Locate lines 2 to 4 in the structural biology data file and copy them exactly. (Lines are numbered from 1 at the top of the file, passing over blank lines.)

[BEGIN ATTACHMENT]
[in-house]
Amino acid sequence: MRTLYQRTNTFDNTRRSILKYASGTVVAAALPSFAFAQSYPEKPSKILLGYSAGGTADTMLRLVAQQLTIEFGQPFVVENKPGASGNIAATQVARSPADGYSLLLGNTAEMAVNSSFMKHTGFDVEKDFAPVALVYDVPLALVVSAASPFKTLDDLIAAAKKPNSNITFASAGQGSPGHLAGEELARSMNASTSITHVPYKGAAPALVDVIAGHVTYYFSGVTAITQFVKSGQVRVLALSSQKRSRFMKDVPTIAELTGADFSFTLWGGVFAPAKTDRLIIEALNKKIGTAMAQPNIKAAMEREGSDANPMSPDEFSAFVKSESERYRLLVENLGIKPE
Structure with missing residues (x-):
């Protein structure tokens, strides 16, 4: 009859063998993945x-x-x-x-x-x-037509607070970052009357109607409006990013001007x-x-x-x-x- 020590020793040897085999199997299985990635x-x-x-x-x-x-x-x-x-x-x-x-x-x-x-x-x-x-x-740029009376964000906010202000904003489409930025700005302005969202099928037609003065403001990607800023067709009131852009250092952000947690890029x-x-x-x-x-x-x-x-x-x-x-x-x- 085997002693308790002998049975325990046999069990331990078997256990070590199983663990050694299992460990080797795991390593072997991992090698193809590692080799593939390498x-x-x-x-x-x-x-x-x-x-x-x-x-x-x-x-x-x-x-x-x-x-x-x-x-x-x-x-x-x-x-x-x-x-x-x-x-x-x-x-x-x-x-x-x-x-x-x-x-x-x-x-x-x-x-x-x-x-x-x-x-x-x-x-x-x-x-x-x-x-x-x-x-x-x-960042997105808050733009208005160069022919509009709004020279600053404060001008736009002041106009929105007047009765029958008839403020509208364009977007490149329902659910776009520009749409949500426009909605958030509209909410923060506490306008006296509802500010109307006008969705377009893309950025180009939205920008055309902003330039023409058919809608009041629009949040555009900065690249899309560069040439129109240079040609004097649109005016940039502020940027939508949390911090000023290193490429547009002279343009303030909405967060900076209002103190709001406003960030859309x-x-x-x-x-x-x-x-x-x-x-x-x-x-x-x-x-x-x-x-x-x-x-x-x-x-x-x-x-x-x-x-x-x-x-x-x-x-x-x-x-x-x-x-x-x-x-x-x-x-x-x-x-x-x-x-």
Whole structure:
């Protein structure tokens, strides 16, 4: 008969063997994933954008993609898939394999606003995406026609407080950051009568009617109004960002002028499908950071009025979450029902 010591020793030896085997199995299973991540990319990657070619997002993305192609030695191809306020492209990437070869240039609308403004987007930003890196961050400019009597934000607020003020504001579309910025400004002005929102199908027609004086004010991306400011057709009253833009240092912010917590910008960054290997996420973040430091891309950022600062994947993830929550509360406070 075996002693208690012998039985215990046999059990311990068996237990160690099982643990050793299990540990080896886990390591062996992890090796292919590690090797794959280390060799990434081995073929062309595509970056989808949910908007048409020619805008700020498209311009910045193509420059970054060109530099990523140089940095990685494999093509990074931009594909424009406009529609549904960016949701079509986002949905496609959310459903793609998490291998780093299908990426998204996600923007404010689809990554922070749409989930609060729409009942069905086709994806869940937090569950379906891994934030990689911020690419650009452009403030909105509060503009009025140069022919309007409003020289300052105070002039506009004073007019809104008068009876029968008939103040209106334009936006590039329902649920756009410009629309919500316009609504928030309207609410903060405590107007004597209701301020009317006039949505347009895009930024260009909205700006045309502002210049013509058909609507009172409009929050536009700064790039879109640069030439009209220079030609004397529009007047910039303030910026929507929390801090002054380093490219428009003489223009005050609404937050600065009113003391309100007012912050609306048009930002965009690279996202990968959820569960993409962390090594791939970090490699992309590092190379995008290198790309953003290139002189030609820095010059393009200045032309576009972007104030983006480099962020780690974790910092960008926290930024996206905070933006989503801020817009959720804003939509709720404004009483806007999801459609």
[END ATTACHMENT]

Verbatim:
Amino acid sequence: MRTLYQRTNTFDNTRRSILKYASGTVVAAALPSFAFAQSYPEKPSKILLGYSAGGTADTMLRLVAQQLTIEFGQPFVVENKPGASGNIAATQVARSPADGYSLLLGNTAEMAVNSSFMKHTGFDVEKDFAPVALVYDVPLALVVSAASPFKTLDDLIAAAKKPNSNITFASAGQGSPGHLAGEELARSMNASTSITHVPYKGAAPALVDVIAGHVTYYFSGVTAITQFVKSGQVRVLALSSQKRSRFMKDVPTIAELTGADFSFTLWGGVFAPAKTDRLIIEALNKKIGTAMAQPNIKAAMEREGSDANPMSPDEFSAFVKSESERYRLLVENLGIKPE
Structure with missing residues (x-):
């Protein structure tokens, strides 16, 4: 009859063998993945x-x-x-x-x-x-037509607070970052009357109607409006990013001007x-x-x-x-x- 020590020793040897085999199997299985990635x-x-x-x-x-x-x-x-x-x-x-x-x-x-x-x-x-x-x-740029009376964000906010202000904003489409930025700005302005969202099928037609003065403001990607800023067709009131852009250092952000947690890029x-x-x-x-x-x-x-x-x-x-x-x-x- 085997002693308790002998049975325990046999069990331990078997256990070590199983663990050694299992460990080797795991390593072997991992090698193809590692080799593939390498x-x-x-x-x-x-x-x-x-x-x-x-x-x-x-x-x-x-x-x-x-x-x-x-x-x-x-x-x-x-x-x-x-x-x-x-x-x-x-x-x-x-x-x-x-x-x-x-x-x-x-x-x-x-x-x-x-x-x-x-x-x-x-x-x-x-x-x-x-x-x-x-x-x-x-960042997105808050733009208005160069022919509009709004020279600053404060001008736009002041106009929105007047009765029958008839403020509208364009977007490149329902659910776009520009749409949500426009909605958030509209909410923060506490306008006296509802500010109307006008969705377009893309950025180009939205920008055309902003330039023409058919809608009041629009949040555009900065690249899309560069040439129109240079040609004097649109005016940039502020940027939508949390911090000023290193490429547009002279343009303030909405967060900076209002103190709001406003960030859309x-x-x-x-x-x-x-x-x-x-x-x-x-x-x-x-x-x-x-x-x-x-x-x-x-x-x-x-x-x-x-x-x-x-x-x-x-x-x-x-x-x-x-x-x-x-x-x-x-x-x-x-x-x-x-x-």